When you think of Kris Kristofferson, many things come to mind: rebel, songwriter, actor, activist, outlaw. As all these titles do apply, Kris himself will be the first to tell you that the line between man and myth can become very blurred. Yet, there is still more solid truth behind the man, a truth that comes through in the songs he writes and sometimes sings. His life is a fascinating one, filled with willingly taken wrong directions. Although, if he hadn’t taken these paths, we wouldn’t have his music to listen to or a chance to hear from some of the people he has inspired on this well done tribute album.
Kristofferson was born into a well-to-do military family, complete with a Major General for a father. Kris himself would eventually sign up for military service, but not until after receiving the Rhodes scholarship and his Master’s degree from Oxford University. While attending college, he was always writing, working on a novel or songs for his recording session as “Kris Carson”. As a helicopter pilot in the military, he would make up songs to entertain his fellow soldiers, but his love and study of literary writers made him want more from his songs. Kris was turned down for voluntary duty in Vietnam because he was to be assigned to teach literature at West Point academy.
After ditching his military assignment, he headed to Nashville where he scored a job as janitor for the Columbia studios where he met many artists who would record his songs in the near future. He made a slight impression on Johnny Cash, but Cash still would not record any of his material. It wasn’t until Kris landed a helicopter in John’s backyard that he took any real notice. After that, others started to take notice as well and the rest is history, which includes becoming a terrific actor in major motion pictures and being an activist on the world scene. You can get a more detailed run down on Kris’ life in the liner notes to this CD where you’ll read about his time as a fireman in Alaska, a railroad man, a construction worker, and eventually a Nashville beer hall regular. The thick booklet is very informative in its telling of the story of how and why Kris came to be an outlaw of country music. This CD is a good example of how he changed the way a country song could be written.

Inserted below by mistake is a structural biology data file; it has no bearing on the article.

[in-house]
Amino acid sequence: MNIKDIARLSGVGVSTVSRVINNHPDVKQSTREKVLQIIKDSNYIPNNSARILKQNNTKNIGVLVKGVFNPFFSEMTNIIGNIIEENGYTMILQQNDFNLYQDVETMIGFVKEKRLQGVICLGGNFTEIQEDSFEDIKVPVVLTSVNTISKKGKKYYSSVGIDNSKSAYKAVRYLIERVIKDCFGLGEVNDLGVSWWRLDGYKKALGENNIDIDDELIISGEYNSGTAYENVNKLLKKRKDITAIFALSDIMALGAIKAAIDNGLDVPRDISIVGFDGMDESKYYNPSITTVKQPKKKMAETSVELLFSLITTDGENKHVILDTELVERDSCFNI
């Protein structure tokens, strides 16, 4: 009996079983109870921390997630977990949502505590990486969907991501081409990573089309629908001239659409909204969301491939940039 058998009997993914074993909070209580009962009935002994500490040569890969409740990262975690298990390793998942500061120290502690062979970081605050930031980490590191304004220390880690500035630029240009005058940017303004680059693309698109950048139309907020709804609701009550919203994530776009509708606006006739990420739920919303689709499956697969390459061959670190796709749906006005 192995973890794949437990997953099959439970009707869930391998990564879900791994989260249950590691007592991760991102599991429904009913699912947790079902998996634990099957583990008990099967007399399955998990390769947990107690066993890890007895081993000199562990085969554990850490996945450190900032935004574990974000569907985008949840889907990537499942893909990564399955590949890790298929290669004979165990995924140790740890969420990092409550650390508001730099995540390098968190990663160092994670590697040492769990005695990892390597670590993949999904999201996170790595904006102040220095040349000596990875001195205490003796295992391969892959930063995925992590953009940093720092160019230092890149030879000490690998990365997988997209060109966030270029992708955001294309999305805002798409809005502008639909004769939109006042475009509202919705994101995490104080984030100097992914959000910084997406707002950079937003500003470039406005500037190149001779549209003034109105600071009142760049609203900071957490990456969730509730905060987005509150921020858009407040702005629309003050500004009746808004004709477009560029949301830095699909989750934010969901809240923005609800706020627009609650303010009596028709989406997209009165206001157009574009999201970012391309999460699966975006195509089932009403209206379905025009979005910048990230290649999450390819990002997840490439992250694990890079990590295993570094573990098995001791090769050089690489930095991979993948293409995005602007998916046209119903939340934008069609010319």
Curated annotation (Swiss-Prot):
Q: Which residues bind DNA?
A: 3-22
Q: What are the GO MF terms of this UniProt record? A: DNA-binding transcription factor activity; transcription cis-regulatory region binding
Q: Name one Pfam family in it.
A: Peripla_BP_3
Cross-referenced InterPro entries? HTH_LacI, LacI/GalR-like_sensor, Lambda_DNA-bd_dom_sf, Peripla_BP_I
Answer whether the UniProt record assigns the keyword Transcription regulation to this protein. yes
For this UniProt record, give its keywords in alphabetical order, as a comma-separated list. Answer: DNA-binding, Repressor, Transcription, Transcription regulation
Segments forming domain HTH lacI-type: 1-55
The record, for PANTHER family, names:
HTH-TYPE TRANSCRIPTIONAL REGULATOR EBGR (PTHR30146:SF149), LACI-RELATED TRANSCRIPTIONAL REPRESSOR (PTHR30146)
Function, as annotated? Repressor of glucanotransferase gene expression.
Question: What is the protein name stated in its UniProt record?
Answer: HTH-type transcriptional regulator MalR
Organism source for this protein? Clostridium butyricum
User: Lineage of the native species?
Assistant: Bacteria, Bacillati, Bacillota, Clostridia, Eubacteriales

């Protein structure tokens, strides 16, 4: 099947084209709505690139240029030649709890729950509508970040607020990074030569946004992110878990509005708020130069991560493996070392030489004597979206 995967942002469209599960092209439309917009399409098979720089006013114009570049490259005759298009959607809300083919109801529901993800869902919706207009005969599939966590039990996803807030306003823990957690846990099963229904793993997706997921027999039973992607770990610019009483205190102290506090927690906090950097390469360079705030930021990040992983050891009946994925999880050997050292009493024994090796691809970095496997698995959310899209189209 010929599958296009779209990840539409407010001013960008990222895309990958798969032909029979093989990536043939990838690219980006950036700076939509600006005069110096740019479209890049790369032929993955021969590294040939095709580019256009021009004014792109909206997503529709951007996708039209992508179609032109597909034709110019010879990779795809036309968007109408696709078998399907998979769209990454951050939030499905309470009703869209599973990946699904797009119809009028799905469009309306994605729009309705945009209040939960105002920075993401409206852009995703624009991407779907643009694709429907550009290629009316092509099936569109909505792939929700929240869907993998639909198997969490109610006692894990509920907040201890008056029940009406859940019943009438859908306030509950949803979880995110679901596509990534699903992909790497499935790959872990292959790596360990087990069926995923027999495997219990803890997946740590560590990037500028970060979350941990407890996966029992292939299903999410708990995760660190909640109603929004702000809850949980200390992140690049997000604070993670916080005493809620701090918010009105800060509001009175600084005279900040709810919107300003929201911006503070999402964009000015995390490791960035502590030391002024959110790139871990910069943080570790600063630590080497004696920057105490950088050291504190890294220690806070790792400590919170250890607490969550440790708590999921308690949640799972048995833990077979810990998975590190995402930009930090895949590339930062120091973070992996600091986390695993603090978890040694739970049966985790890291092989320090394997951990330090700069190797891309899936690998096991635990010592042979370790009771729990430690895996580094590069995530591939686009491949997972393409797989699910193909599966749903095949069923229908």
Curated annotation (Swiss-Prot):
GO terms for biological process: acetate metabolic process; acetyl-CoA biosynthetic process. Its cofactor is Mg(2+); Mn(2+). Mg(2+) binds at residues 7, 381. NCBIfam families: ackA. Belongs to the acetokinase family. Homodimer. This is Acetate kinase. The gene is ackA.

This killer tribute album opens with an intro by Kris to “The Pilgrim: Chapter 33” performed by Emmylou Harris. Her connection with Gram Parsons makes her the perfect choice for this powerful song, and is a great way to begin this disk because the song itself is somewhat autobiographical and contains wonderful lines about being a “problem when he’s stoned / he’s a walking contradiction / partly truth and partly fiction.”
“Maybe You Heard” by Todd Snider and “Sunday Mornin’ Comin’ Down” by Gretchen Wilson are two more powerful and reflective tunes composed with feeling and passion. Kris has lived these songs and it comes across in these lyrics. “Maybe You Heard” deals with understanding and sticking by the people you love and say you care about, while others look down upon them or turn their backs on them. “Sunday Mornin’ Comin’ Down” is my favorite tune by Kris and is done well here. He captures that lonely Sunday morning perfectly with an honesty and truth that anyone who was spent said dark morn’ alone coming down can definitely relate to and understand.